Enforcing an Office Dress Code
Beverly Flaxington is a practice management consultant. She answers questions from advisors facing human resource issues. To submit yours, email us here.
Advisor Perspectives welcomes guest contributions. The views presented here do not necessarily represent those of Advisor Perspectives.
Is it too much to ask of my staff members to be dressed well when clients come into our office? I may be old school but the disregard for professionalism is annoying to me.
George M., New York
I understand your perspective, but I don’t understand your question. If you are running the firm, you can create a series of policies and guidelines and ask staff members to adhere to them.
I’m not sure of the extent of the problem. For example, do they dress in a “grunge” fashion or do you just wish they owned nicer and more expensive clothing, so they looked more successful? It’s hard to dictate where your staff members should shop and exactly what they should wear. But, you can certainly publish some guidelines and circulate them. The important thing is then to enforce them. Too often a firm has policies but when staff members break the rule, there is no communication or penalty.
One firm I know sends staff members home when they haven’t adhered to the dress code. In other cases, the code exists but it isn’t enforced. This can be frustrating for employees and the leader. If this matters so much to you, create the policies, communicate them but then follow through and be sure it becomes part of the culture so it is taken seriously.
I recently landed a $6 million client. Our firm works mostly with clients in the $250k to $500k range. This will be our single largest client. I believe I should treat them differently, but the owner of the firm doesn’t want to change anything. Can you offer some good communication tips that appeal to the higher-end client?
Barbara S, CT
First of all, heartfelt congratulations on winning the business! Communication is so fundamental to success with any client, but especially with those who trust you with millions of dollars, so I applaud you for thinking about this early on in the relationship. It’s hard to know whether the owner of your firm is right or whether you need to step up a different approach to communications without knowing exactly what are you doing now. But, here are some key tips for communicating with the high-net worth investor:
- Vary your communication. Don’t rely simply on the quarterly newsletter. Engage with them in different media. Do you do use audio programs for clients? Do you offer a client call-in or webinar once or twice a year, or even quarterly? Do you have video on your website where clients can learn about your outlook and perspective? And of course, prioritize the face-to-face or phone interactions so that you are connecting one-to-one several times a year.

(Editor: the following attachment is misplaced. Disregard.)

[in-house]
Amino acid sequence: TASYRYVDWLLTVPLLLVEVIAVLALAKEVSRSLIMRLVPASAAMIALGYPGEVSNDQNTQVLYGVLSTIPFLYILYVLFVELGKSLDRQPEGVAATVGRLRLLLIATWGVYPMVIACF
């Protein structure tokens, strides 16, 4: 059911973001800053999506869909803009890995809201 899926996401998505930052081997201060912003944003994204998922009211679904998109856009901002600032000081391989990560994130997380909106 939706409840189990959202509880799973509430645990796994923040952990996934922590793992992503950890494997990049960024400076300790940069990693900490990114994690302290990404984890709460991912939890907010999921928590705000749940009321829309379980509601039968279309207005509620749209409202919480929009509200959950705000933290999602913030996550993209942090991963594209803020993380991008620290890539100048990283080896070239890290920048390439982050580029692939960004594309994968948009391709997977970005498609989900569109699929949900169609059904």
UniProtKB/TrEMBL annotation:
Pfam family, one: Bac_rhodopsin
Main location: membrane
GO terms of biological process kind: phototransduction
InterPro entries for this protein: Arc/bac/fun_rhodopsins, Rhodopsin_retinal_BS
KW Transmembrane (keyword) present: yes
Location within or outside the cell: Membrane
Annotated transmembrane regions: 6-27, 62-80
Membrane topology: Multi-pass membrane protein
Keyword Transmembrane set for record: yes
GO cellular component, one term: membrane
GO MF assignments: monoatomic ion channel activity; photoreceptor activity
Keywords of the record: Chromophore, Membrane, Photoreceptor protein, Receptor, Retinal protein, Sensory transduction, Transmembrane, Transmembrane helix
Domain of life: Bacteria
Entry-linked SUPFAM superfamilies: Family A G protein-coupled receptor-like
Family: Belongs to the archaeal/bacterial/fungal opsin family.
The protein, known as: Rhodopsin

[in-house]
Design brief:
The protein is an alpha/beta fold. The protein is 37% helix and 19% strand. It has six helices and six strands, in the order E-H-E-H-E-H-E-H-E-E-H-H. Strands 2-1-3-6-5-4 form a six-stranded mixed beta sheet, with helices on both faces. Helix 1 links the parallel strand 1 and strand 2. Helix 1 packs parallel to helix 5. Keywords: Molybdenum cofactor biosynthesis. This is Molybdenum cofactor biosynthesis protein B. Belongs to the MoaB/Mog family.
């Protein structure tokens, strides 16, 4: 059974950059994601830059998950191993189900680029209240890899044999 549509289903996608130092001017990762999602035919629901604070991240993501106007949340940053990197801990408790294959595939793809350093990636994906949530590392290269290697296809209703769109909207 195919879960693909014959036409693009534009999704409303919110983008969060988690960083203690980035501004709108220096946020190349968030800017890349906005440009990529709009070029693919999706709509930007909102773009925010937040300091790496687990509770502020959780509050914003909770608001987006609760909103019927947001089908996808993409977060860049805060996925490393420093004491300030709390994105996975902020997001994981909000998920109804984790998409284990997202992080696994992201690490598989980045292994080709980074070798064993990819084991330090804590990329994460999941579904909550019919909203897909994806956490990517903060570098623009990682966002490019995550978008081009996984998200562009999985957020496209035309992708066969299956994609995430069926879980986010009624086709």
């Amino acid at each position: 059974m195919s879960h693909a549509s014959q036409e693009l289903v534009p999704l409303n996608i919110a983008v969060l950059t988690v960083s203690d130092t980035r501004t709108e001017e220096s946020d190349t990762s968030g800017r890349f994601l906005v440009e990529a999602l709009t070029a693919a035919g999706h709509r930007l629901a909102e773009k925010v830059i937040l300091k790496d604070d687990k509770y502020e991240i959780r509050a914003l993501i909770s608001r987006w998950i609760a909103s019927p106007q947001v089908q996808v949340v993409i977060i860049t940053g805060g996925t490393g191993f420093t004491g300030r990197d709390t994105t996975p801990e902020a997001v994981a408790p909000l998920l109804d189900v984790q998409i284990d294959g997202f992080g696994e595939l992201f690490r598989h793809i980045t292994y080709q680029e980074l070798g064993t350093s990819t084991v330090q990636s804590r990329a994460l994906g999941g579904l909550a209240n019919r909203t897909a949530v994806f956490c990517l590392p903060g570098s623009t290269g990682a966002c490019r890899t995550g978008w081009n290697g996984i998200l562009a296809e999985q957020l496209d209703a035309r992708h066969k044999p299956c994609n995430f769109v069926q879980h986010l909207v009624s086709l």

- Be proactive. If markets move, there is an economic crisis or opportunity, or international news that could impact investments, don’t wait for clients to ask you about it. Proactively communicate and offer your firm’s perspective.
- Know your audience. What are their interests? What do they care about? What do they want to learn more about from you? You can query clients, or conduct a survey to uncover their needs.
- Provide a variety of educational and informational opportunities. You want to be the go-to-resource for investment, planning or tax-related information. Showcase your knowledge.
- Communicate with the other trusted advisors. You should know any other third-parties your clients are working with in order to engage and serve them most effectively. Obviously getting to know those centers-of-influence presents a referral opportunity, but you also learn more about the client and their needs and may be able to offer specific types of communication. Having a lawyer, accountant or other expert write for your newsletter or post information on your website in a specialized area adds value, too.
- Allow clients access to information on your website. Have a special client log-in area with updated information and tools they can use that are separate from your main website, so clients know you are offering an additional value-add for them.
Beverly Flaxington co-founded The Collaborative, a consulting firm devoted to business building for the financial services industry in 1995; in 2008 she co-founded Advisors Trusted Advisor to offer dedicated practice management resources to advisors, planners and wealth managers. She is currently an adjunct professor at Suffolk University teaching undergraduate students Leadership & Social Responsibility. Beverly is a Certified Professional Behavioral Analyst (CPBA) and Certified Professional Values Analyst (CPVA).
She has spent over 25 years in the investment industry and has been featured in Selling Power Magazine and quoted in hundreds of media outlets, including the Wall Street Journal, MSNBC.com, Investment News and Solutions Magazine for the FPA. She speaks frequently at investment industry conferences and is a speaker for the CFA Institute.